Even at our earliest meetings members of the production group were allotting themselves, or finding themselves allotted, certain roles...I found myself in the design team... and one of the major concerns as part of the design team, was the interface screen.
He later also comments:
After weeks of being in crowded rooms, not knowing exactly what it was I was supposed to be producing, or how to produce it, it was good to be on my own, with a specific goal, and a specific way to produce it.
Perhaps one of the few members who came to grips with the collaborative nature of the work was Michael whose experience was in film, a more collaborative industry. He was less troubled by ownership and artistic integrity, something that haunted Peter and Luke and made life, at least initially, difficult for Kelli. Michael talks about this by coupling the role of artistic expression with technical know-how.
There was no doubt that technical expertise was needed in most areas, but the project was not technical, it was human. To get technical brilliance something is needed which cannot be technically solved, a human touch... It is when technical and creative powers meet, results that are remembered, are made.
Later he also writes: 'It's technology that rocks the cradle.'
Hager (1993:103) speaks of a plurality in both text and authorship and Landow (1992a:115) utilises Claude Lévi-Strauss' notion of bricolage (the construction of something out of whatever materials are available) and claims that the reader-author and (I would add) maker of hypertext is foremost a bricoleur.
So confronting was this concept for the individual artists that Josh, an Indian student who later was referred to as The Pixel Prince, said in his journal:
At this point I begin to wonder if I actually made a CD ROM or took a course in personal development. But as I see it these lessons learnt were just as important as learning the technical aspects of creating the CD ROM.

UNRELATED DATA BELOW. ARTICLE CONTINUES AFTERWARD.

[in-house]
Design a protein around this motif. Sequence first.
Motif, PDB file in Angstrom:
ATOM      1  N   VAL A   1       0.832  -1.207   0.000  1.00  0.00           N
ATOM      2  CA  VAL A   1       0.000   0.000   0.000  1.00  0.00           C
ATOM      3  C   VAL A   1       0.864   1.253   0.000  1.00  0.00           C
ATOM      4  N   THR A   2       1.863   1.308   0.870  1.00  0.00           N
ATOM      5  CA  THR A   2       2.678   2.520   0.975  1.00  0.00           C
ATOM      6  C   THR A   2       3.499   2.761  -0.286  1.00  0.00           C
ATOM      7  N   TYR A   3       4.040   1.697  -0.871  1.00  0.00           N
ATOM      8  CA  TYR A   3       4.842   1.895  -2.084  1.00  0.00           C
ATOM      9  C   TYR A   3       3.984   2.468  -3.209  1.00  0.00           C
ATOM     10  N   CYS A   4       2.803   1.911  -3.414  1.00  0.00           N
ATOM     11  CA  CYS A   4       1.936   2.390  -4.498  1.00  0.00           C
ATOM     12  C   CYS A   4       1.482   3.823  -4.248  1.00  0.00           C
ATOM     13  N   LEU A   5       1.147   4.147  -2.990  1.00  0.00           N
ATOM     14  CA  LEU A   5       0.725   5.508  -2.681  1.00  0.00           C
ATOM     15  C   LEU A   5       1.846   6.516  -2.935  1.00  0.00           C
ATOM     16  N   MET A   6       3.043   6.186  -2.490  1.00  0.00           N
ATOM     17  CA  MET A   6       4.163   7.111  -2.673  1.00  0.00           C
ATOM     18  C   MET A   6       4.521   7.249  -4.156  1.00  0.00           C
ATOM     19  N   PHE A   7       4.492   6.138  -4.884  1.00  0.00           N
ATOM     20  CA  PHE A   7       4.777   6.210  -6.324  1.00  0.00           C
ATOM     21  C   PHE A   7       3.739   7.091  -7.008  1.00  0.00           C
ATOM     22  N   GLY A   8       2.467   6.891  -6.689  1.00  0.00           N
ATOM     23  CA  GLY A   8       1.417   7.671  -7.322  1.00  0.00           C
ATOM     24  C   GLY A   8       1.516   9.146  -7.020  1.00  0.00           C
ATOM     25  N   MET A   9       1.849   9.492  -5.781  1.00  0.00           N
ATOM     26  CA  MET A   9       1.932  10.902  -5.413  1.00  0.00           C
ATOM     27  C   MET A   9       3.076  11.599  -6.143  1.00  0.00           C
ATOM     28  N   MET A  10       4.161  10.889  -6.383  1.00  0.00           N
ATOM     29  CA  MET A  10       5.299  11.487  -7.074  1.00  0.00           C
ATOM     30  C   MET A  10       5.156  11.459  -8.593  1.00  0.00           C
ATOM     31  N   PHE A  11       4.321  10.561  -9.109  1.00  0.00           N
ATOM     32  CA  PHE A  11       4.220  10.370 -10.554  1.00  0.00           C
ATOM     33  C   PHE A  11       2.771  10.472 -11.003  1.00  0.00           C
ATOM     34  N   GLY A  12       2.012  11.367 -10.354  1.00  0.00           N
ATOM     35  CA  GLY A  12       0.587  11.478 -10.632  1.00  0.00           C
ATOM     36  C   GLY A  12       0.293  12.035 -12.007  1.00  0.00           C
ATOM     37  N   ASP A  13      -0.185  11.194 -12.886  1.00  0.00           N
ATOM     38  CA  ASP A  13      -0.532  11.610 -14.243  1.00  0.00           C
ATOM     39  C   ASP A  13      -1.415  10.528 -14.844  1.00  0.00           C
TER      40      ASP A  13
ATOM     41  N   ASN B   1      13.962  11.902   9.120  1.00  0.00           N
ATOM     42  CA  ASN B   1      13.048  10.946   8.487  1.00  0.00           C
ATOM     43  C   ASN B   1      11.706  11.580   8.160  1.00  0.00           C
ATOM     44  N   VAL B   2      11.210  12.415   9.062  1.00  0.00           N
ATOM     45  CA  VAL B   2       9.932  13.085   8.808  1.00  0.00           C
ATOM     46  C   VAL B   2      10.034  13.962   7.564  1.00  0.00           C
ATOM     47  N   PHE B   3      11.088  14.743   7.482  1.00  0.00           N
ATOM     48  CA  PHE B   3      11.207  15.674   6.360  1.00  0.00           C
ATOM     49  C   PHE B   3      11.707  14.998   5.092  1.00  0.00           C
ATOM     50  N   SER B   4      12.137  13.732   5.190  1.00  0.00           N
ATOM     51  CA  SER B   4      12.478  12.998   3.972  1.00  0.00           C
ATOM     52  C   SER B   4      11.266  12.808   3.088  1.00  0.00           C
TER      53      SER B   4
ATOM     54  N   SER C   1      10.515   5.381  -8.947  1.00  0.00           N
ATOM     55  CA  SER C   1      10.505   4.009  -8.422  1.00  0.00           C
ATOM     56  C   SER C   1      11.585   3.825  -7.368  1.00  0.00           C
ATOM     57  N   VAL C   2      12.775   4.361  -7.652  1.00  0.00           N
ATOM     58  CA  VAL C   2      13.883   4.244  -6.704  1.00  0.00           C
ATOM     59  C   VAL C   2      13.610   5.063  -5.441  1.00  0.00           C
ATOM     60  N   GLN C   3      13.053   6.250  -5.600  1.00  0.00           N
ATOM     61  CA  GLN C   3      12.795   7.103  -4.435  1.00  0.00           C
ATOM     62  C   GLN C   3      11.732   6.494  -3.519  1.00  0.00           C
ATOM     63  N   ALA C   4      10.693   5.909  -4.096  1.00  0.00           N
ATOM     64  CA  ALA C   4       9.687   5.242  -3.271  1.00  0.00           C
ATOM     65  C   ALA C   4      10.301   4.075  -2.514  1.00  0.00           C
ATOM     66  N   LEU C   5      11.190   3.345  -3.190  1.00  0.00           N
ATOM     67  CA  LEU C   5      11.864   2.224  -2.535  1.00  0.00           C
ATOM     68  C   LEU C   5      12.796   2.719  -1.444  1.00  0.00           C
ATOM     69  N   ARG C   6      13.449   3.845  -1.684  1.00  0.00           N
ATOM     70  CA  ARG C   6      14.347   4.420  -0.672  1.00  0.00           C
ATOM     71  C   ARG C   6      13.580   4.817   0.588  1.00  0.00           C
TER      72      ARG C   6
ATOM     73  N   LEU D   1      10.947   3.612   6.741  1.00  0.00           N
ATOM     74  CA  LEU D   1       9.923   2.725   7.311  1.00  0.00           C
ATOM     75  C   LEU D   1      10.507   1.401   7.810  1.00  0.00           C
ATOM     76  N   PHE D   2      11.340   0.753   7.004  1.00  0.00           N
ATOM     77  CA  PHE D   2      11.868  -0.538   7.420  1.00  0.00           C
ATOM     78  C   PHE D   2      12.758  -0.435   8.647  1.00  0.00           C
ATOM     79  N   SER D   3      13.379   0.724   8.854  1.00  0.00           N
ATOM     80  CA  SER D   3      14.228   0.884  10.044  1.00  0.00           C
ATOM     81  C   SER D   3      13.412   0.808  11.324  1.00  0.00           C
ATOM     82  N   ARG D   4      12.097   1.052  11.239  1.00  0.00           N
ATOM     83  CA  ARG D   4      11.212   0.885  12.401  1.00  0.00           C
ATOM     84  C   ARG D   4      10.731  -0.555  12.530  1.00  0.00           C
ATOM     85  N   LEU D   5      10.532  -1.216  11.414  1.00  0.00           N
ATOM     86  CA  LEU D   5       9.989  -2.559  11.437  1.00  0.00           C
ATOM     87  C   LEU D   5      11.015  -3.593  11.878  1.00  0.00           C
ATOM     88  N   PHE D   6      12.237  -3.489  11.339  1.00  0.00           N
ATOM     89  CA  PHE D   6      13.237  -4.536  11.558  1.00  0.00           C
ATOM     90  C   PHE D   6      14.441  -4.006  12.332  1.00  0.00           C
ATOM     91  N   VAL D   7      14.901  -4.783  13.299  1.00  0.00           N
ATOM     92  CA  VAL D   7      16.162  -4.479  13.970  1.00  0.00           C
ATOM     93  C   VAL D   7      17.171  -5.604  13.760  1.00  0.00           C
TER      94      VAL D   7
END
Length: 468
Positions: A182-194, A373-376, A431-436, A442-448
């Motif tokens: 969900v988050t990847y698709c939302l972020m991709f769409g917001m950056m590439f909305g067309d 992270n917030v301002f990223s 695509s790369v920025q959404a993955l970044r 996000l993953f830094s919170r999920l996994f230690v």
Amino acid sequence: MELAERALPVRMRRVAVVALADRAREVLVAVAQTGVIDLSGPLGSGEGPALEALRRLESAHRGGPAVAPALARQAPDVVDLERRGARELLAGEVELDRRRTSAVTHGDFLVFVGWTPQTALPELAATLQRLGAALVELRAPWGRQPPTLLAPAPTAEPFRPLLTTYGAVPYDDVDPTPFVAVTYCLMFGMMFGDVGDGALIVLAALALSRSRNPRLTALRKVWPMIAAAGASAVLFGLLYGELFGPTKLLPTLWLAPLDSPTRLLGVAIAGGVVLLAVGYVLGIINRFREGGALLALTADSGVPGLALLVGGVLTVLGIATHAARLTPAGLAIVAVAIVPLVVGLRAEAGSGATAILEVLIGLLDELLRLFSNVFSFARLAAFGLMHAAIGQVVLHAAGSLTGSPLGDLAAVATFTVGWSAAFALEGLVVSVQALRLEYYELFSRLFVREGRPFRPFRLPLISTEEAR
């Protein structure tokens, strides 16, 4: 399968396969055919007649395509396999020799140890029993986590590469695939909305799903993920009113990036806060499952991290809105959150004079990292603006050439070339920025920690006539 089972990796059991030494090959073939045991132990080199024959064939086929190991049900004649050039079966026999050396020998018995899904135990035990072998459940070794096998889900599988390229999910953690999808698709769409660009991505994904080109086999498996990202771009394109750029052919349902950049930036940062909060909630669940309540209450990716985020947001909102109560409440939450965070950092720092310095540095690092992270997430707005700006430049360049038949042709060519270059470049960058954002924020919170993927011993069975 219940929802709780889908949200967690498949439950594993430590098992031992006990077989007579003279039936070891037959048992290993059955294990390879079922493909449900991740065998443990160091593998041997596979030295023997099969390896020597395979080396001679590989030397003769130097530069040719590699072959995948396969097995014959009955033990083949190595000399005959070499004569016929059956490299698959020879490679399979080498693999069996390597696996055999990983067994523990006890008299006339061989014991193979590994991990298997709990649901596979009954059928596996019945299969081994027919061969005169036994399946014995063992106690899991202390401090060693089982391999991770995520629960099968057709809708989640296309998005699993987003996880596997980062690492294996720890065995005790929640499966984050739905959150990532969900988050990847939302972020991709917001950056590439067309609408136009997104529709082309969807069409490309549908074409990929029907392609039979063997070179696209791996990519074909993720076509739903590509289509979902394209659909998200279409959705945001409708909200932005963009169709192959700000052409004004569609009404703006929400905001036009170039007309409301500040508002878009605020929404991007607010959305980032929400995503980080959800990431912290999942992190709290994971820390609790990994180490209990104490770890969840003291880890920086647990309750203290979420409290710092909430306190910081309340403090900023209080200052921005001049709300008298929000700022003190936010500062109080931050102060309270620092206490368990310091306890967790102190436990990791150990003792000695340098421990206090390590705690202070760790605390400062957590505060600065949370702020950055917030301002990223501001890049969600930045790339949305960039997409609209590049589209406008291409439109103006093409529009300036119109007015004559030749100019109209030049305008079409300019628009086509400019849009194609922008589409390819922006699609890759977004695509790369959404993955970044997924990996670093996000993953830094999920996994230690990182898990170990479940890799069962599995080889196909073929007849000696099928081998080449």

What I have been at pains to point out in this paper is that the nature of hypertext and consequentially the making of a CD ROM generates an awkwardness in those who come to it thinking that they can maintain their artistic individuality. If artistic integrity is expressed in those terms then the making of hypertext will be seen as a painful one, rejected and almost feared.
Snyder (1996:97) talks of a need to create a new space and points out that to generate hyperfiction the nature of a narrative needs to be extended to embrace the reader/author and that the combined writer and reader need to work together to forge a space where this form of writing can exist. But where can we find that space and how totally do we need to embrace fragmentation in order to find it?
Moulthrop (1991b:295) goes further and rejects overt signposts and navigational aids often found in hypertext. He finds these restrict the narrative or direction of the hypertext. Instead, for Moulthrop, this new writing thrives on the tension generated between the cornucopia and the ordered menu, between the predicable and the unexpected. Even a certain disorientation can only help to excite and simulate the reader's interest.
New or Old Methods?